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Time for a Change?

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Jane Johnson Struck
If you're anything like me, you probably feel overwhelmed by all the changes you'd like to see in your lifeespecially around the New Year, when change is the "thing" to do.

I already know what I need to improvemy fitness level, availability to friends, amount of quality time with God. But sometimes, the more I resolve to change, the more I feel as though I've failed when my "to do" list of goals ends up a crumpled piece of paper in a dark corner of my deskand in my mind.

That's why, this year, I decided to take the opposite approach to make some positive changes in my mental, spiritual, and physical health. No fifty-two-weeks-a-year-or-bust self-improvement plan for me! Instead of adding more to my life, I'm seeing what I can delete from it for a manageable, unintimidating span of timea week. And I'm discovering that the benefits I gain from these "fasts" are surprisingly healthful. Give them a try; you'll benefit, too.

Fast from Worry

When my husband had to undergo biopsies for cancer, I was anxious. But once he completed radiation treatments and life went on, I really fell into the worry trap. After all, since we weren't doing anything "proactive" anymore, strangely life seemed less in control. I found myself worrying inordinately about our future, about doctors' visits, even about my own health and the health of our kids. Needless to say, my mindset wreaked havoc on my mental and physical stateI became sluggish, depressed, filled with aches and pains. I knew I had to change.

So I hit on the idea of "fasting" from worryno easy feat when you're a self-proclaimed "worry wart." But I remembered some advice I'd given my daughter Sarah when she was in grade school. Every year when her school held "Fire Safety Week," Sarah would lie awake at night worrying about our house catching on fire. "Mom, I can't sleep," she'd moan. "I'm worried about a fire, and I can't get it out of my mind."

"Sarah," I'd tell her, "pretend your mind's a television set, and you're switching the channel. Now watch something happy, like family vacation memories!"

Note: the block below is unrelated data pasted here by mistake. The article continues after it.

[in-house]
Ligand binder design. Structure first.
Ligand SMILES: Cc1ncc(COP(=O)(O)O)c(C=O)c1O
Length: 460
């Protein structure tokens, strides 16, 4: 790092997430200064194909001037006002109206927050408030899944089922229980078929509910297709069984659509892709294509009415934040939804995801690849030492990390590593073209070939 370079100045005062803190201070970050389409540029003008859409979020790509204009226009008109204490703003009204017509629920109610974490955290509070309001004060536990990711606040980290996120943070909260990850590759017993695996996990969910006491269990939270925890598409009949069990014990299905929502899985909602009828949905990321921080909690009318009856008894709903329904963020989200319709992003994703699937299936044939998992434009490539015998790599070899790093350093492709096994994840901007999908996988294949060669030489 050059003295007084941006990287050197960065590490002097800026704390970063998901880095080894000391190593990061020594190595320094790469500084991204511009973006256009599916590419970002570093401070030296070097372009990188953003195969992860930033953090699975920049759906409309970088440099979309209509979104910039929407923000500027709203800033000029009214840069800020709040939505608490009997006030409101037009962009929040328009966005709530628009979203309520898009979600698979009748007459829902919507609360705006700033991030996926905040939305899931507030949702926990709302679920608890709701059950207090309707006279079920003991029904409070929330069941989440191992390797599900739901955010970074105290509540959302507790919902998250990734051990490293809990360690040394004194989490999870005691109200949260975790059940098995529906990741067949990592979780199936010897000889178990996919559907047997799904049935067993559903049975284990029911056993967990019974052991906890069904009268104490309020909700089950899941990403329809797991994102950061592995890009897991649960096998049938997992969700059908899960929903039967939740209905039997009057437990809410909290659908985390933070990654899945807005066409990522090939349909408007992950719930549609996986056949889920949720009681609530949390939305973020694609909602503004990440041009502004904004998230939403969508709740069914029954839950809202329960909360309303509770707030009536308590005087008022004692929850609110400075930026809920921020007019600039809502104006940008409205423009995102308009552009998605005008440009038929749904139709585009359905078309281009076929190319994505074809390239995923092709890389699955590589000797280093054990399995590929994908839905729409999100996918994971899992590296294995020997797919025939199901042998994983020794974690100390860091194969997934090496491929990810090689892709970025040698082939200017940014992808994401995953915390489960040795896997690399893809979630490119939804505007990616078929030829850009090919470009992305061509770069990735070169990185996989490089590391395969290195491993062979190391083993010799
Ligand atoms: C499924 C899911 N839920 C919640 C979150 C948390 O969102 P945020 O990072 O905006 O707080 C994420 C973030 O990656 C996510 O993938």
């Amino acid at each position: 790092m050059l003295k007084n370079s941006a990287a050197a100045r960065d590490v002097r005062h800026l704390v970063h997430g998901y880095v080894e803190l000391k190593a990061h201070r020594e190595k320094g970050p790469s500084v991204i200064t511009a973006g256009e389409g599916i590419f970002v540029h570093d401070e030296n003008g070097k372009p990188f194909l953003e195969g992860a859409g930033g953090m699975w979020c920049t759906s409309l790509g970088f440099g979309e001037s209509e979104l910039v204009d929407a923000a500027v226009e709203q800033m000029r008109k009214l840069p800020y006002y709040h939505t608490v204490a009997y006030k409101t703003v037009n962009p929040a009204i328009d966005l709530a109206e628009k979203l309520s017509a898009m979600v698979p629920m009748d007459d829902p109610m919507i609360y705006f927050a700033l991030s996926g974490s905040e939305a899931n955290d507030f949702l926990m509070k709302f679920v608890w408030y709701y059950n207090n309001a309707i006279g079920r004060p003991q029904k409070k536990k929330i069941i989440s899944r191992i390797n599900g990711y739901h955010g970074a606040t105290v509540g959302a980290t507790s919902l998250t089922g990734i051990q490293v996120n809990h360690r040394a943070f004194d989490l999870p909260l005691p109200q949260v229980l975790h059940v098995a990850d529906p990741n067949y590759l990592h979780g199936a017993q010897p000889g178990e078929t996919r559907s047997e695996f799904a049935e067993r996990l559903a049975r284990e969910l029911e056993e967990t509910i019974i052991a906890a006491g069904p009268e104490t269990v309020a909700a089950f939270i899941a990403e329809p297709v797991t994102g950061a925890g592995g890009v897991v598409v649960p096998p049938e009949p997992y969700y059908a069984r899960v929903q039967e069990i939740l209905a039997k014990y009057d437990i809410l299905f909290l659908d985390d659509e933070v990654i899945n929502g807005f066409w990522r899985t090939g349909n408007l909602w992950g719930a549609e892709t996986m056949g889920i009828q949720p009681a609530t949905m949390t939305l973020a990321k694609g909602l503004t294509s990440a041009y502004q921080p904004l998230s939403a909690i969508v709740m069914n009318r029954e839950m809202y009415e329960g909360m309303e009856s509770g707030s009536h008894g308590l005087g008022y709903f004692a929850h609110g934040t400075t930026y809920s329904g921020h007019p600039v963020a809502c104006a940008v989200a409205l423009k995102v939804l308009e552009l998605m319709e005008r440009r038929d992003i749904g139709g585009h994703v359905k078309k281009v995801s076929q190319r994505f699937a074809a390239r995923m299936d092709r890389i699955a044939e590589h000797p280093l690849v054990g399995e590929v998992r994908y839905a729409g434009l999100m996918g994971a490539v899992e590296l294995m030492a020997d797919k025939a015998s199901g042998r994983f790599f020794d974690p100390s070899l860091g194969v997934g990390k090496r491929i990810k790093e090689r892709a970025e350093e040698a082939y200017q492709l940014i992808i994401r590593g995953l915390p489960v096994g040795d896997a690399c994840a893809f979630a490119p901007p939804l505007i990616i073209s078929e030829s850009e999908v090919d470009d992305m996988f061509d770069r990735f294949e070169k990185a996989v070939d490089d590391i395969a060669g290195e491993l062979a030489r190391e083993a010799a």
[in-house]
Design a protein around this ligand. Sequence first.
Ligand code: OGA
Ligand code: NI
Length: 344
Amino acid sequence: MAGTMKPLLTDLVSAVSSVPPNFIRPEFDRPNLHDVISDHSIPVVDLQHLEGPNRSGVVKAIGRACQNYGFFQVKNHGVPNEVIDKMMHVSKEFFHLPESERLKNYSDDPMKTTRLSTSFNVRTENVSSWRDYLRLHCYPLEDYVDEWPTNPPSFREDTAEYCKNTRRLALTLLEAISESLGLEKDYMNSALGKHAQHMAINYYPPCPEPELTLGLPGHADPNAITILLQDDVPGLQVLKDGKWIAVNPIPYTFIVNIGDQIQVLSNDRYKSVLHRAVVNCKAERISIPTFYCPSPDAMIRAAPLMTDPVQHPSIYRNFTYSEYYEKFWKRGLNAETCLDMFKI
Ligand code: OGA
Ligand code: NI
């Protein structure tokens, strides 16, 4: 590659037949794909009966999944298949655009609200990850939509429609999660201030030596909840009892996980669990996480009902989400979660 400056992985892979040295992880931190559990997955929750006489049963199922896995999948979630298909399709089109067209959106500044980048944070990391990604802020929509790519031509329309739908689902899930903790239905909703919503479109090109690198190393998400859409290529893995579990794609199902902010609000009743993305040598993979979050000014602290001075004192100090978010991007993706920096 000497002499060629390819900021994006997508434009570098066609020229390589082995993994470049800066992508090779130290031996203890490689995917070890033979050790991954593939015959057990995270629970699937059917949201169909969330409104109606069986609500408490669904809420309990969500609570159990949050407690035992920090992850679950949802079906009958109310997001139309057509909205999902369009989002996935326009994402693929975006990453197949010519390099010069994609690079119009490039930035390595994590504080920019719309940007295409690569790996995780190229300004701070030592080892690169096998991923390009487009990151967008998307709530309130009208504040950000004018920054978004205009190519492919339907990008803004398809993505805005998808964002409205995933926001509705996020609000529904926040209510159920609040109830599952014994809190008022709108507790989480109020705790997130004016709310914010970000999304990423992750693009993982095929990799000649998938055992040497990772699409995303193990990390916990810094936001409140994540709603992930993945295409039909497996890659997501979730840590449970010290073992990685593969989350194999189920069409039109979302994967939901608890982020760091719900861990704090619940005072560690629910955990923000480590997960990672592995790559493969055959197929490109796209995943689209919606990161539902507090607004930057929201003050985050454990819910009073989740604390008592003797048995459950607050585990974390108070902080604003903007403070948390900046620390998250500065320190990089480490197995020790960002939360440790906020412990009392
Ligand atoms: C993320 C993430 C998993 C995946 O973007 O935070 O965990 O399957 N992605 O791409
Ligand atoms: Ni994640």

As with anything in parenting, sometimes my advice worked, sometimes it didn't. But years later, it was time to taste my own medicine. So each time I found worries swallowing up my thought life, I forced myself to change the channel. I'd intentionally focus on something concrete and pleasantcardinals perched on the feeder, the winter sunset tinting the sky a frigid crimsonto blot out my preoccupation with "what ifs." Or I'd repeat a favorite Scripture such as Psalm 94:19 (TLB): "Lord, when doubts fill my mind, when my heart is in turmoil, quiet me and give me renewed hope and cheer." I determinedly tried to "take captive" every negative thought "to make it obedient to Christ" (2 Cor. 10:5).

If someone told me to just stop worrying, I'd say impossible. But I decided to try it for a weekwith the help of God's Spirit and his Word. While I didn't become perfectly peaceful, for those seven days I felt healthier and more optimistic than I had for quite a while. This is one fast I've repeated when certain situations start feeding my fretful nature.

If worry's something you'd like to change about your life, try switching stations for a week. It will transform the way you feel.

Fast from Sale Ads

I admit it, I love to shopnot so much for myself, but for my family and especially for my house. I can talk myself into needing new towels or a set of queen-sized sheetsespecially if they're on sale. I mean, what if they never go on sale again?

Did you catch the irony in that statement? As Ecclesiates 1:9 says, "There is nothing new under the sun." I might add, there's nothing on sale now that won't be on sale again. My trouble is avoiding temptation!

Last summer, for example, I spied a sales insert for beach chairs, something I'd never had any interest in owning before. But since we were going to the beach for vacation, I was convinced we needed to shell out bucks right away because of their low, low price. Fortunately, I hadn't crossed the threshold with our credit cards before my husband, Rich, talked some sense into me: "Jane, why on earth spend money on chairs we'll probably only use once, then they'll end up cluttering our garage?"

Rich had a point. And my point is, sales supplements are meant to entice. But chucking those Sunday inserts without so much as a peek won't kill youand may even save you some cash. I've found that when I toss them, I don't incite buying fantasies and am better able to resist the impulse sales that eat away our income.

So fast from ad supplements for a week, and you'll improve your financial health.

Jane Johnson Struck

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